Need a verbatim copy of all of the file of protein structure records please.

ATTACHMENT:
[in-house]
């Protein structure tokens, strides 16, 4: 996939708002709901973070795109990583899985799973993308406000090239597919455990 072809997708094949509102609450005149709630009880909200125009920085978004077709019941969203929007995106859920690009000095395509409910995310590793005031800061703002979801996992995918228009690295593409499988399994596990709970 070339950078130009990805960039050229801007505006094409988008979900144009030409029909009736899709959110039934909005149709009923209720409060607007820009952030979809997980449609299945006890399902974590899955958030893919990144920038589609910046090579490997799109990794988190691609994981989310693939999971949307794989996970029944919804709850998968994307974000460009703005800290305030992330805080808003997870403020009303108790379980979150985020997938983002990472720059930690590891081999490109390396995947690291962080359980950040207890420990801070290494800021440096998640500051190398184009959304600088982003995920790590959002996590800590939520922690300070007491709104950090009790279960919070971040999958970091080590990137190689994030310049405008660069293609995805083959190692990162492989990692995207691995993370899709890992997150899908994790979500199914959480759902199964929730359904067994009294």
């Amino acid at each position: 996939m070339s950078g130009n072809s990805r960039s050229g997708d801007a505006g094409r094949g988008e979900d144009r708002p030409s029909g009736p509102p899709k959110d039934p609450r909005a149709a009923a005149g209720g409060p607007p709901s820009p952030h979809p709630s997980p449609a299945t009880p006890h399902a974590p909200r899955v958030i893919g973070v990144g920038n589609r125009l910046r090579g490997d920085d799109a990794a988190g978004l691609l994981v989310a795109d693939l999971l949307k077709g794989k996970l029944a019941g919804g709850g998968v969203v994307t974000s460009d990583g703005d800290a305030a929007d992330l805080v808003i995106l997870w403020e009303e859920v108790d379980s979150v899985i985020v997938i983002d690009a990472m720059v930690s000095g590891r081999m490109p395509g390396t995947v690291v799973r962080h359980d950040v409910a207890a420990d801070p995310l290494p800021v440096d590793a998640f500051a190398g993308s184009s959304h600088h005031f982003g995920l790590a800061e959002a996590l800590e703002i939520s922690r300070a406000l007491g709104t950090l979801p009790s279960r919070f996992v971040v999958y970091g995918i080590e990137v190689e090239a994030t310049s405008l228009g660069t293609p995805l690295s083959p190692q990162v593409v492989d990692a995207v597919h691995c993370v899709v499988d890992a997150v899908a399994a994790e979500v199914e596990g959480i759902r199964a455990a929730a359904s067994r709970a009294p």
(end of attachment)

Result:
[in-house]
């Protein structure tokens, strides 16, 4: 996939708002709901973070795109990583899985799973993308406000090239597919455990 072809997708094949509102609450005149709630009880909200125009920085978004077709019941969203929007995106859920690009000095395509409910995310590793005031800061703002979801996992995918228009690295593409499988399994596990709970 070339950078130009990805960039050229801007505006094409988008979900144009030409029909009736899709959110039934909005149709009923209720409060607007820009952030979809997980449609299945006890399902974590899955958030893919990144920038589609910046090579490997799109990794988190691609994981989310693939999971949307794989996970029944919804709850998968994307974000460009703005800290305030992330805080808003997870403020009303108790379980979150985020997938983002990472720059930690590891081999490109390396995947690291962080359980950040207890420990801070290494800021440096998640500051190398184009959304600088982003995920790590959002996590800590939520922690300070007491709104950090009790279960919070971040999958970091080590990137190689994030310049405008660069293609995805083959190692990162492989990692995207691995993370899709890992997150899908994790979500199914959480759902199964929730359904067994009294």
């Amino acid at each position: 996939m070339s950078g130009n072809s990805r960039s050229g997708d801007a505006g094409r094949g988008e979900d144009r708002p030409s029909g009736p509102p899709k959110d039934p609450r909005a149709a009923a005149g209720g409060p607007p709901s820009p952030h979809p709630s997980p449609a299945t009880p006890h399902a974590p909200r899955v958030i893919g973070v990144g920038n589609r125009l910046r090579g490997d920085d799109a990794a988190g978004l691609l994981v989310a795109d693939l999971l949307k077709g794989k996970l029944a019941g919804g709850g998968v969203v994307t974000s460009d990583g703005d800290a305030a929007d992330l805080v808003i995106l997870w403020e009303e859920v108790d379980s979150v899985i985020v997938i983002d690009a990472m720059v930690s000095g590891r081999m490109p395509g390396t995947v690291v799973r962080h359980d950040v409910a207890a420990d801070p995310l290494p800021v440096d590793a998640f500051a190398g993308s184009s959304h600088h005031f982003g995920l790590a800061e959002a996590l800590e703002i939520s922690r300070a406000l007491g709104t950090l979801p009790s279960r919070f996992v971040v999958y970091g995918i080590e990137v190689e090239a994030t310049s405008l228009g660069t293609p995805l690295s083959p190692q990162v593409v492989d990692a995207v597919h691995c993370v899709v499988d890992a997150v899908a399994a994790e979500v199914e596990g959480i759902r199964a455990a929730a359904s067994r709970a009294p």